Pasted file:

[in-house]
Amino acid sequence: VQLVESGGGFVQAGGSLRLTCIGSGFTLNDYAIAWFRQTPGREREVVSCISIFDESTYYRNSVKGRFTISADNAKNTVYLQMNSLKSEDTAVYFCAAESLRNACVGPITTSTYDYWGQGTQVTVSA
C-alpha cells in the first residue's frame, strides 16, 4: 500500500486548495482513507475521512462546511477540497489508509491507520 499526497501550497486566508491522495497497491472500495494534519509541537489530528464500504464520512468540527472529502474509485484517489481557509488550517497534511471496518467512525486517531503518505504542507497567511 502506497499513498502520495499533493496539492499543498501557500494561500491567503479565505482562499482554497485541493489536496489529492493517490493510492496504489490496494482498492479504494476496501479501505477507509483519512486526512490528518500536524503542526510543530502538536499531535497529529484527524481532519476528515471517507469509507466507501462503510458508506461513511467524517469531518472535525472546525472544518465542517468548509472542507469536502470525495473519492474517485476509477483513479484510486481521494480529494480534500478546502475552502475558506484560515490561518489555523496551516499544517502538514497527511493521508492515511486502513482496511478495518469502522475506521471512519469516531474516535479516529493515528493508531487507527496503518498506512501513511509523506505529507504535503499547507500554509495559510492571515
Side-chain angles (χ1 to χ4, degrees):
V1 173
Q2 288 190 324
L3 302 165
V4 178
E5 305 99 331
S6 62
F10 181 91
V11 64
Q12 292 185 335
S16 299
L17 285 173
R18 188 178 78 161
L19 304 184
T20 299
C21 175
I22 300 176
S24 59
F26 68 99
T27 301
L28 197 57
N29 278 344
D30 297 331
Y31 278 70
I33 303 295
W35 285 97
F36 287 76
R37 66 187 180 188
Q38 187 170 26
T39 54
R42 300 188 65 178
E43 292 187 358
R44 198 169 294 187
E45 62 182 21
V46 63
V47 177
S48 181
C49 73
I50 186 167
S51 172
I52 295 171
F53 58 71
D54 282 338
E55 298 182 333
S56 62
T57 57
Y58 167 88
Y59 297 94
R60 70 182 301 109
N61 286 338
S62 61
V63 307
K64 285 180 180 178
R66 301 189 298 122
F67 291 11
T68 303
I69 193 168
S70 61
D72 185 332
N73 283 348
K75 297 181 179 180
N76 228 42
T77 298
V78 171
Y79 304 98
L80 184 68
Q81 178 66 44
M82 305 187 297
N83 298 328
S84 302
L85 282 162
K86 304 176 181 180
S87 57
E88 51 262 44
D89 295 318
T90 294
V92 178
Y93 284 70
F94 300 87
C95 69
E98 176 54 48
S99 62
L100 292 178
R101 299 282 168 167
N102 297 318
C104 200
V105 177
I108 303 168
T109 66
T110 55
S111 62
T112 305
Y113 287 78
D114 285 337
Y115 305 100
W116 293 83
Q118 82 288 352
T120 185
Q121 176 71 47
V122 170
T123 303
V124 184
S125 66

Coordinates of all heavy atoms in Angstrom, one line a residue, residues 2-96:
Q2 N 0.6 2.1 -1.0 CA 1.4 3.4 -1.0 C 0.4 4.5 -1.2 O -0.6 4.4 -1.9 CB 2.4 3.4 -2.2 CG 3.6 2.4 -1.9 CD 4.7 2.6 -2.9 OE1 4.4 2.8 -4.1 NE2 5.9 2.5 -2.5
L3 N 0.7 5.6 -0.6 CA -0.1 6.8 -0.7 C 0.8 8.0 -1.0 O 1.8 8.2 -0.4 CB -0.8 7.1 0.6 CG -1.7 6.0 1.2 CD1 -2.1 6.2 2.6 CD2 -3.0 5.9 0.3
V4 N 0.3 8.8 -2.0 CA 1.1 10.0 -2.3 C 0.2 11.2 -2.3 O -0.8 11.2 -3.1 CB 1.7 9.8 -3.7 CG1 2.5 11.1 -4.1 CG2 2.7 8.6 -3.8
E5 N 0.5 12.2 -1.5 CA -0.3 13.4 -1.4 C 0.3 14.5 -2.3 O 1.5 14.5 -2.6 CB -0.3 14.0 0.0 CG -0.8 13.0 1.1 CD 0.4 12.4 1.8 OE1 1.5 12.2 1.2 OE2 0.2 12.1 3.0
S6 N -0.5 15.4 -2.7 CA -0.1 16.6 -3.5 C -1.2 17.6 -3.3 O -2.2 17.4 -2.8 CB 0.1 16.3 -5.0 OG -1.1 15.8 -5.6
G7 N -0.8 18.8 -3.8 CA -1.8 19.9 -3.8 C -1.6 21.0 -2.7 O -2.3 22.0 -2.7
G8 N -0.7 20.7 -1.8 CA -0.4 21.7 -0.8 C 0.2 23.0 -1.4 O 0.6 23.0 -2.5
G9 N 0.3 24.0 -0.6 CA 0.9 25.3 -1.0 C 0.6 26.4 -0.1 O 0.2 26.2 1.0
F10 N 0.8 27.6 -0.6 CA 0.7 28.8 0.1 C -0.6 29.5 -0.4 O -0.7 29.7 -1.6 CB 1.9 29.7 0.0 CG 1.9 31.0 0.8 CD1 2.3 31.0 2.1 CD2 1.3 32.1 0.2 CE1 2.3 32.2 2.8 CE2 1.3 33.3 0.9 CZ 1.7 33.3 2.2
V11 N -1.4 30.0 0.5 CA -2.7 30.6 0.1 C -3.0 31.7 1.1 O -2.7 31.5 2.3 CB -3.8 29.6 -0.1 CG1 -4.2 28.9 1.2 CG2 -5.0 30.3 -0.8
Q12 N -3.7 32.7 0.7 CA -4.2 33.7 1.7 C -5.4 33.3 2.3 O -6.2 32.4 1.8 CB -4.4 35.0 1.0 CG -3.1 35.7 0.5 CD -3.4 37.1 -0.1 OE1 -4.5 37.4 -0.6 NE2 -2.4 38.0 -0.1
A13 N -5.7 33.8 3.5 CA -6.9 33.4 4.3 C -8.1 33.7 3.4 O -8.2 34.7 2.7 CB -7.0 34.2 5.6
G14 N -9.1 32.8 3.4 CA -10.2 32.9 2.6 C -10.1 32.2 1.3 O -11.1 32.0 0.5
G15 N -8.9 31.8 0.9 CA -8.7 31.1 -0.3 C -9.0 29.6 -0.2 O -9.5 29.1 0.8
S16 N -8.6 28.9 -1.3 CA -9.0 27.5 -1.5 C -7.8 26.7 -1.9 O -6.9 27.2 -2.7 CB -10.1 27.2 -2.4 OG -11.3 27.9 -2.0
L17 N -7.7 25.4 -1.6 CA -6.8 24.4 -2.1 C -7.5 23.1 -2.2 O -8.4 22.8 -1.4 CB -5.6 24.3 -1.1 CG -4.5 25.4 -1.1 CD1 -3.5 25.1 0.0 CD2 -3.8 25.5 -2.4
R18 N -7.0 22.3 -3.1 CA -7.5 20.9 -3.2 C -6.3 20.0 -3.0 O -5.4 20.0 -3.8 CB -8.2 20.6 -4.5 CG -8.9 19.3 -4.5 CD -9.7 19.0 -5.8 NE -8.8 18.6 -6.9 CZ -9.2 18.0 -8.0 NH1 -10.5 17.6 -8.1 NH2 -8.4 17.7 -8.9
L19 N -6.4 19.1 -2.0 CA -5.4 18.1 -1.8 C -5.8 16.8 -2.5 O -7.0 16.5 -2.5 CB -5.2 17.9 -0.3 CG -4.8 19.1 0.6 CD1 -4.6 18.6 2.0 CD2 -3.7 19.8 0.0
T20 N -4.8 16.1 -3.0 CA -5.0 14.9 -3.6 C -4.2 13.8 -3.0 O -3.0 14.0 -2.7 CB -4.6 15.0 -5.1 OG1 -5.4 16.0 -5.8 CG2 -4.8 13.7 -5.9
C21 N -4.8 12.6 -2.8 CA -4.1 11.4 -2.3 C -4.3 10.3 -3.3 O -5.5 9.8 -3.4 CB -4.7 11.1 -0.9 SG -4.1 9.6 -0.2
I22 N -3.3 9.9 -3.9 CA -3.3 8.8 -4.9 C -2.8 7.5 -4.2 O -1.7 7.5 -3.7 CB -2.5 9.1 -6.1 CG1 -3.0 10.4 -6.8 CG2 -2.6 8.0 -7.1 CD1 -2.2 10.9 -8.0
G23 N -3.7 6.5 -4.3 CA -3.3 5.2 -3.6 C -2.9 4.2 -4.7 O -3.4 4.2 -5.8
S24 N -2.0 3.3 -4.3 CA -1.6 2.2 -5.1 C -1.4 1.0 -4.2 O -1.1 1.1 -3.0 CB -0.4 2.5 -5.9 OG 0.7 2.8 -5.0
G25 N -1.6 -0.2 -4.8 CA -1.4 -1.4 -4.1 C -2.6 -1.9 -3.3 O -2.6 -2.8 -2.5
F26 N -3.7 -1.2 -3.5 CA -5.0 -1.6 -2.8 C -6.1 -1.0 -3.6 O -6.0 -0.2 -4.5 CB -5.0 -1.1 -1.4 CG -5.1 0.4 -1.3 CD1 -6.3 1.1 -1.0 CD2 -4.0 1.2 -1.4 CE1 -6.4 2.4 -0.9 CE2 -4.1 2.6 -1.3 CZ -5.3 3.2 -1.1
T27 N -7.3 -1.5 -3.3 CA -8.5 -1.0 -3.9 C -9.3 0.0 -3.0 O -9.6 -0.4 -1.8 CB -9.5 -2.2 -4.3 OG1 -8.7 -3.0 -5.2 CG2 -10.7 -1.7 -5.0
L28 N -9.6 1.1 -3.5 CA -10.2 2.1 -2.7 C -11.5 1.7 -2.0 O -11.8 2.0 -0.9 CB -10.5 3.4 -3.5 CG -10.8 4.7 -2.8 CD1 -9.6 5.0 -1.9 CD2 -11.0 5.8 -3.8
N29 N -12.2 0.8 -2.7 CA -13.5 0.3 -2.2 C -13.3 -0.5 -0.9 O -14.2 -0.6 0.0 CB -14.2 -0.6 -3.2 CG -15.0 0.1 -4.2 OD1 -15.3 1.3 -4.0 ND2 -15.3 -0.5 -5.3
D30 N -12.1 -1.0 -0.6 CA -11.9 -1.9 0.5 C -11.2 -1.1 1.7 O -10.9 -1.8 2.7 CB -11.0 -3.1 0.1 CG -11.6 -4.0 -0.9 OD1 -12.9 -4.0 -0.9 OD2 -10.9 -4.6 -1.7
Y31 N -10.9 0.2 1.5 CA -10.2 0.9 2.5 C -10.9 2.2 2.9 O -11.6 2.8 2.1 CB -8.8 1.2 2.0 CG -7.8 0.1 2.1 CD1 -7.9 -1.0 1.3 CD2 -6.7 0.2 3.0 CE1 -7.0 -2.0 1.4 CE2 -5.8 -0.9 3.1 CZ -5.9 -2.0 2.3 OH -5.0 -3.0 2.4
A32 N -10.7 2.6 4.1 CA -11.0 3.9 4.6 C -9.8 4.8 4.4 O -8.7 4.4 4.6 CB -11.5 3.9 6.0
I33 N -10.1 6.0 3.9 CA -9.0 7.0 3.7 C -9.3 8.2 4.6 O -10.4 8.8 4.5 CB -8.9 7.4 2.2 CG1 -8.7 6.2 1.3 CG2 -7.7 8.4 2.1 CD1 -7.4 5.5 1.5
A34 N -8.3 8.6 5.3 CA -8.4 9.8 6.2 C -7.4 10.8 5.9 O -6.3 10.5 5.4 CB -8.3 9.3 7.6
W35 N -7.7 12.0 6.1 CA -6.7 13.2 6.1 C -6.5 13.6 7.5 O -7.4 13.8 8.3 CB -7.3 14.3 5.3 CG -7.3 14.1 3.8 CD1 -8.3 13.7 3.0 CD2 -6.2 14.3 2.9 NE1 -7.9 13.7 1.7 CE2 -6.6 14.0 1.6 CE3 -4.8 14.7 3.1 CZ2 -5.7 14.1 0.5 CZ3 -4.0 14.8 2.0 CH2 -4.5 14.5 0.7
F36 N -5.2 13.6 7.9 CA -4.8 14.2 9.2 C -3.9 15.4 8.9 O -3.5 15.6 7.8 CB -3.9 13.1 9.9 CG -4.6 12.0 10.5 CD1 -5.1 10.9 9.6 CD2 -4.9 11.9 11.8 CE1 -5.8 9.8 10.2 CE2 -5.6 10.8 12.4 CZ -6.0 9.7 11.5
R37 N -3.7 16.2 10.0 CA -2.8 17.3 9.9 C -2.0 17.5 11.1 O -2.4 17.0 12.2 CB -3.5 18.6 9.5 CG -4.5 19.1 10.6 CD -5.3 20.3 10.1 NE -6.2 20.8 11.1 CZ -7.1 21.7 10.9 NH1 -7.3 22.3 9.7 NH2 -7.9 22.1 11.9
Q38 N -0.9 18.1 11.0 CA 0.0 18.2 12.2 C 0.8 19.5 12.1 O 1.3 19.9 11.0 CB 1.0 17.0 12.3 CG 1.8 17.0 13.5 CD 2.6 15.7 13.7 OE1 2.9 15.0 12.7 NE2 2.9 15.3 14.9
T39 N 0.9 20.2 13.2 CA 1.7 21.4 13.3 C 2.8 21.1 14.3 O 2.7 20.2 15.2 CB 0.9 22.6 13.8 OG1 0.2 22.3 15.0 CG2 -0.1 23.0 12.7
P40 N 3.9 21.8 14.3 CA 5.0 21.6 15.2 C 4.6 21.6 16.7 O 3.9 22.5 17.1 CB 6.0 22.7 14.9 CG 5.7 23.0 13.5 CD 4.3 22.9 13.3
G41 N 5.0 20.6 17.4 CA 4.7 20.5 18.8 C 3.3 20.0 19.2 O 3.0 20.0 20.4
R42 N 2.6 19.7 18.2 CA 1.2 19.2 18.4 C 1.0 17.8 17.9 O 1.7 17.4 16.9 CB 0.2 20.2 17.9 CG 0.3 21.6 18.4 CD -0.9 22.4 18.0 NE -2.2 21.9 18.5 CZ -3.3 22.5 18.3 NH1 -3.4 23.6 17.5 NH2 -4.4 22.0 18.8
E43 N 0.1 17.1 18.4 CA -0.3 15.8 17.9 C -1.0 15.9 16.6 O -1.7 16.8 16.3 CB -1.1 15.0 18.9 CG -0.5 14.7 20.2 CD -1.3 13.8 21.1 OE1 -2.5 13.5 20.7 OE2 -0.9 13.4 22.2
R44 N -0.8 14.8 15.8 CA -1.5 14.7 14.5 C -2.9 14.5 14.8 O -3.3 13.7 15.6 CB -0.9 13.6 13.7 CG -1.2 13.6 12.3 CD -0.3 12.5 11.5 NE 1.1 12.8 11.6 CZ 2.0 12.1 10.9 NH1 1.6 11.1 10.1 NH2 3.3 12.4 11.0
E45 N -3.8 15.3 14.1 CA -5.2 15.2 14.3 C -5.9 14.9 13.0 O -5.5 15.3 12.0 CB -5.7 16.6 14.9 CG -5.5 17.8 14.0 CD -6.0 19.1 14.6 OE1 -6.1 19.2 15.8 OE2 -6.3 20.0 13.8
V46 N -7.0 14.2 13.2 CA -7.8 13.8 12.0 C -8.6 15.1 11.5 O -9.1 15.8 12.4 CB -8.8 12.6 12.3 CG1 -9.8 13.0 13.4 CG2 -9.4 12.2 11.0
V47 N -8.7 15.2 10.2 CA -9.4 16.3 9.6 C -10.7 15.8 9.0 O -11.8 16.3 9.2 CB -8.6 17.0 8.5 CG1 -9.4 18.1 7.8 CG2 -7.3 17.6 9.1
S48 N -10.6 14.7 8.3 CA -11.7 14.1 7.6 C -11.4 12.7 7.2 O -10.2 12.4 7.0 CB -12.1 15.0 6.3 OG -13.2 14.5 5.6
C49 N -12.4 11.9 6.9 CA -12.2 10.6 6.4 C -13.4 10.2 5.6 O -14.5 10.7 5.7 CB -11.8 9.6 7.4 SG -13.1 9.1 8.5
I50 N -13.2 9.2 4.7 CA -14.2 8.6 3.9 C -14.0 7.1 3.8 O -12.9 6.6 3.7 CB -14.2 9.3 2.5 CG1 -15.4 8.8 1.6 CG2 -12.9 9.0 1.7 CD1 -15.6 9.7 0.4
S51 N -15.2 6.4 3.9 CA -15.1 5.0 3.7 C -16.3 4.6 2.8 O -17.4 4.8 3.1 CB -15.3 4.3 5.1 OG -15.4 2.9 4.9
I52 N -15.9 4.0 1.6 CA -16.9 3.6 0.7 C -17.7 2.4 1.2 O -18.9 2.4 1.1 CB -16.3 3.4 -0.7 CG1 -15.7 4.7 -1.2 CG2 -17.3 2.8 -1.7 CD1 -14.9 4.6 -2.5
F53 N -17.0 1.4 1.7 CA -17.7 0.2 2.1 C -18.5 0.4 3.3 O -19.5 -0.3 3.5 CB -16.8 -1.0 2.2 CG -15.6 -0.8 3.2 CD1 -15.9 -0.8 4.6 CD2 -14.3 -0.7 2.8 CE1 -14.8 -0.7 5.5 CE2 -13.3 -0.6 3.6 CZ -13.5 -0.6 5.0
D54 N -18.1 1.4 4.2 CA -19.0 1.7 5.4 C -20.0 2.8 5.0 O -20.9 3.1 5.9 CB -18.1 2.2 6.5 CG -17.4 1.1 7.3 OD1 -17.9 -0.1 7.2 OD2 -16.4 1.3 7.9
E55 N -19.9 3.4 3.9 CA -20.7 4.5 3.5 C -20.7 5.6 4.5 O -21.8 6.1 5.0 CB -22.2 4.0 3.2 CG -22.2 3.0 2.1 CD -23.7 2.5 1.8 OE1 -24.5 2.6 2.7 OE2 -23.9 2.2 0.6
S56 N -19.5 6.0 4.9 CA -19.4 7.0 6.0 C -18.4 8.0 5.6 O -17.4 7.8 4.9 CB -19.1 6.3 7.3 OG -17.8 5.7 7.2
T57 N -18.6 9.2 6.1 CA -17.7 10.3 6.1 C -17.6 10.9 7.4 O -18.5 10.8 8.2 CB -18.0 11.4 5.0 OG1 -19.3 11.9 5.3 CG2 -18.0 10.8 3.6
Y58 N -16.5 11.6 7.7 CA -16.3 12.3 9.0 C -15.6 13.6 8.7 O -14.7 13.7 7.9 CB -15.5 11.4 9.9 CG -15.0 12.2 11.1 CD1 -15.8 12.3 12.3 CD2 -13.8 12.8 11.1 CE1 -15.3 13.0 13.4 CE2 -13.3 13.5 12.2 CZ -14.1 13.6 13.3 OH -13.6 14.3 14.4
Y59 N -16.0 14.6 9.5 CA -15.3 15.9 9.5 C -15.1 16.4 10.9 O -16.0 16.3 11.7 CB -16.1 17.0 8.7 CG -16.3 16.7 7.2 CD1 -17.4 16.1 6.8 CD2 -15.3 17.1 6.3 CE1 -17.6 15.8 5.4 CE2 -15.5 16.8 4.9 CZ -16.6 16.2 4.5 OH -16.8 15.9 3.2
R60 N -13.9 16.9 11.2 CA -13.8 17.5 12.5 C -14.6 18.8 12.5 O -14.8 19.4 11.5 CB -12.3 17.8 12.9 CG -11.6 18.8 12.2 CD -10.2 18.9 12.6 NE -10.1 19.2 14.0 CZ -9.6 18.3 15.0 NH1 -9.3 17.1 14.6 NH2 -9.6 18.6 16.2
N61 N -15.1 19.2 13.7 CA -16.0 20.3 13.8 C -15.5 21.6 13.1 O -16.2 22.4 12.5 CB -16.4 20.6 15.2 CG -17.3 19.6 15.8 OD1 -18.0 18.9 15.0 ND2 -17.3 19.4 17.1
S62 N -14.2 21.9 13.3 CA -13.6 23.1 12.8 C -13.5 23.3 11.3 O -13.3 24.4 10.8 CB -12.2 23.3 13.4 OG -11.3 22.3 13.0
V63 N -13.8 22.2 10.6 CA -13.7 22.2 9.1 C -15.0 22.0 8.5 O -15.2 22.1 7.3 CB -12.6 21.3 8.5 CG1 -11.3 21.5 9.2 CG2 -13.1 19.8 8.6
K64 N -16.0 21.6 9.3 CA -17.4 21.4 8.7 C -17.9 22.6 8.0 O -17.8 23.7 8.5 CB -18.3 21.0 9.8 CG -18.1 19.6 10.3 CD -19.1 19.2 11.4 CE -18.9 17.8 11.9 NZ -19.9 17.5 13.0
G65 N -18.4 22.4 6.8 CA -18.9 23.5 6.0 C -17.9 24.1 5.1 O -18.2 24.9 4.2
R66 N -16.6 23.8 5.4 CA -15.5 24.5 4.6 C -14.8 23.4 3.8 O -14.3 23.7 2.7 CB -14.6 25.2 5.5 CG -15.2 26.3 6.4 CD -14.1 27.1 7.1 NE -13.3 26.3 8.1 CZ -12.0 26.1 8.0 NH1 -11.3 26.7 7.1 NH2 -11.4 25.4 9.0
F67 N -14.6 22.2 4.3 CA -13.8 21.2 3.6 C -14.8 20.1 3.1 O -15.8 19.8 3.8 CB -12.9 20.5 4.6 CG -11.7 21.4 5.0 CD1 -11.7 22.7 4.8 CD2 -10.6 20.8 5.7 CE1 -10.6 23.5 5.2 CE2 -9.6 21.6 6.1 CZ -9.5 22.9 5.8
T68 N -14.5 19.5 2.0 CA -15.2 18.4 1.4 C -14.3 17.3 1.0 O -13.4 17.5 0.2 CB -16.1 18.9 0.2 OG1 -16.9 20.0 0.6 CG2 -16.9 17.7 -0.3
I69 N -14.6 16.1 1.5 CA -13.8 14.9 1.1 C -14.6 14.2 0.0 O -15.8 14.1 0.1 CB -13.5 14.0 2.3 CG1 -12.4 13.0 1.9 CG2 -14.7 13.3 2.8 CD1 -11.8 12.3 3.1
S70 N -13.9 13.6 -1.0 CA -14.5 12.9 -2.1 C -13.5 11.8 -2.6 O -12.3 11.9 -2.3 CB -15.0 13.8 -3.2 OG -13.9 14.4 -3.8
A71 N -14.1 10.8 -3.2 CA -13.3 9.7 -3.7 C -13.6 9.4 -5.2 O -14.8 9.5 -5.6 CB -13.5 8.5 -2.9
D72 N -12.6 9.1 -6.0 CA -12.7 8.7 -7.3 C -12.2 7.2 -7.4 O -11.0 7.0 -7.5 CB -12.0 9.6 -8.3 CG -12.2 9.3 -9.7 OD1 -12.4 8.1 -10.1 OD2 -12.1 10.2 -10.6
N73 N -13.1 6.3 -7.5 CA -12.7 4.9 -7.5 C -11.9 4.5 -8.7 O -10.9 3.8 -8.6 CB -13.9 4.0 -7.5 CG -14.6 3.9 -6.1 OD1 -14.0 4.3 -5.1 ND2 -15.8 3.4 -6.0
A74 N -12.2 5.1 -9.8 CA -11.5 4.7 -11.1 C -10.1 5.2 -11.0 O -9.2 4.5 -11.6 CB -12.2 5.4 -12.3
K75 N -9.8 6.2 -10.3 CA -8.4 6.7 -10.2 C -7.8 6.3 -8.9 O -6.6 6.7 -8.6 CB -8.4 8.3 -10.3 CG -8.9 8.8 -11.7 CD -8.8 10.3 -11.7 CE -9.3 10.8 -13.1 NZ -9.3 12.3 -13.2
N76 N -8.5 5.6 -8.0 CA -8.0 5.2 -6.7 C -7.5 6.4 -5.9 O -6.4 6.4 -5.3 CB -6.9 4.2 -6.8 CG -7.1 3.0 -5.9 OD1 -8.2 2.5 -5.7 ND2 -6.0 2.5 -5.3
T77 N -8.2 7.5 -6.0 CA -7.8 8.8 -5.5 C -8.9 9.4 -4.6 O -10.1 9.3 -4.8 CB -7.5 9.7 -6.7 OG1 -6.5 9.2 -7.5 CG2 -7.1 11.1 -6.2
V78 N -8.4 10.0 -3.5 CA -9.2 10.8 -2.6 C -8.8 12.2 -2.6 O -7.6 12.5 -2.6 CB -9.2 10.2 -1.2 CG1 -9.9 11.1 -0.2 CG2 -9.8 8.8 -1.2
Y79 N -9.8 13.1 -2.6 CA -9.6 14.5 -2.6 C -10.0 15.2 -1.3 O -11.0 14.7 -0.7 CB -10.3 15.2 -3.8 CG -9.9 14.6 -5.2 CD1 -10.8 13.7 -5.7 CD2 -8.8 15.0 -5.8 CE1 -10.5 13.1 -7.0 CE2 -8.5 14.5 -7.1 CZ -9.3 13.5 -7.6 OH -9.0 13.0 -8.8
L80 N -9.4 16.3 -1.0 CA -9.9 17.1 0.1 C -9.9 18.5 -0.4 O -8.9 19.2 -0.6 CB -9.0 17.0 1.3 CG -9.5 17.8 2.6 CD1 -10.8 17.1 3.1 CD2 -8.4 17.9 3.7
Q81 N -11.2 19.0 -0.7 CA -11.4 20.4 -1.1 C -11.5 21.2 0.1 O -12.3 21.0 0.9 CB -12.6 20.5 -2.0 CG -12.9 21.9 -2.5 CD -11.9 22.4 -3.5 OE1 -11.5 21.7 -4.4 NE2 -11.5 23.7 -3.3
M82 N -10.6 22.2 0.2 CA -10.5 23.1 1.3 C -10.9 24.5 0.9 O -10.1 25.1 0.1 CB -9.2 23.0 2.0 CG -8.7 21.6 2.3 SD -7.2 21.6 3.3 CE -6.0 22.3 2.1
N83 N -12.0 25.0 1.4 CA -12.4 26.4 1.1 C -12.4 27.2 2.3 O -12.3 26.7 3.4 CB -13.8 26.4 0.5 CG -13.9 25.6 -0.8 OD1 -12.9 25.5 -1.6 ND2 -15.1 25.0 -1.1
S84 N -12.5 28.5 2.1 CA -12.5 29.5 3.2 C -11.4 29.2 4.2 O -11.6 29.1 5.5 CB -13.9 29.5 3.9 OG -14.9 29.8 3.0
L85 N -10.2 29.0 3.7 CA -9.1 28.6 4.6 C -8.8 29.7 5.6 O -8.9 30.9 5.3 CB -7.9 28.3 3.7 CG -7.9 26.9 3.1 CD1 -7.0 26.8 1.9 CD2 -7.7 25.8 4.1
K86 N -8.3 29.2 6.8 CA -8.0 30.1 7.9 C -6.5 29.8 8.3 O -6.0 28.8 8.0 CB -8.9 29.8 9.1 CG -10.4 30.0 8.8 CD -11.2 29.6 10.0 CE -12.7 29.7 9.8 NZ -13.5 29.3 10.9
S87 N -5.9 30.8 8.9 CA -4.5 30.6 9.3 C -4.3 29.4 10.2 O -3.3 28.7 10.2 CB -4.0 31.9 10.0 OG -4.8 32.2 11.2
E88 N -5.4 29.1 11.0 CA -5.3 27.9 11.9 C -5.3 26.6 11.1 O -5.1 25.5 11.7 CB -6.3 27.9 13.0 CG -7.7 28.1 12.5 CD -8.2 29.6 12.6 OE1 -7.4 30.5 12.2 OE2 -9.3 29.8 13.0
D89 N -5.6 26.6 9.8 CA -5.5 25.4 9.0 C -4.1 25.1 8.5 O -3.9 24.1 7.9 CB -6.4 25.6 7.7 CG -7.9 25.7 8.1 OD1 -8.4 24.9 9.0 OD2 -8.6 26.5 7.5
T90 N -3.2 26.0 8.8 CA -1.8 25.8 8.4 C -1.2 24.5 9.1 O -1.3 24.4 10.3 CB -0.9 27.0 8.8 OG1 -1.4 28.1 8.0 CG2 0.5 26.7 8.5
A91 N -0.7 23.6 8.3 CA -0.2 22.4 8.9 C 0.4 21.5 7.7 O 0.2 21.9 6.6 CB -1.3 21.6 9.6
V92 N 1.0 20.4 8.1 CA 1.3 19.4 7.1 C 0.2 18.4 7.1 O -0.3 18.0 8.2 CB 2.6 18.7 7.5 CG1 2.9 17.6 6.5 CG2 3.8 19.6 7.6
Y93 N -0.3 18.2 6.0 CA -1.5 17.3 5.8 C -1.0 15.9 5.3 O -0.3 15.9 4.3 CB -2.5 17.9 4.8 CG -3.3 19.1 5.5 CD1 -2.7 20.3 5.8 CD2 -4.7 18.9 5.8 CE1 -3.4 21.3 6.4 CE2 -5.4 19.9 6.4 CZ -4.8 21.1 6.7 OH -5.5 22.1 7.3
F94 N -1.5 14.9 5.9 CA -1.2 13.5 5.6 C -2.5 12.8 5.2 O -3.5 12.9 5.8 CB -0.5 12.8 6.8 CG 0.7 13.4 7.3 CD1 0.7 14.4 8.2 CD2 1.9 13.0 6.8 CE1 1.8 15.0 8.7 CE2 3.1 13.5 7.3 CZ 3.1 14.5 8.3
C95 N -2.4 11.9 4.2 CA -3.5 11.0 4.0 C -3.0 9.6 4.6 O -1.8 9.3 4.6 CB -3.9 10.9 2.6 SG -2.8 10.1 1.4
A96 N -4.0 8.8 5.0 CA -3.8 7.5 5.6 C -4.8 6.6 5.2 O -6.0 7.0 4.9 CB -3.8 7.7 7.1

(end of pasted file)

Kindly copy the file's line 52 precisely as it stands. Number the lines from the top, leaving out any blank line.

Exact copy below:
R60 70 182 301 109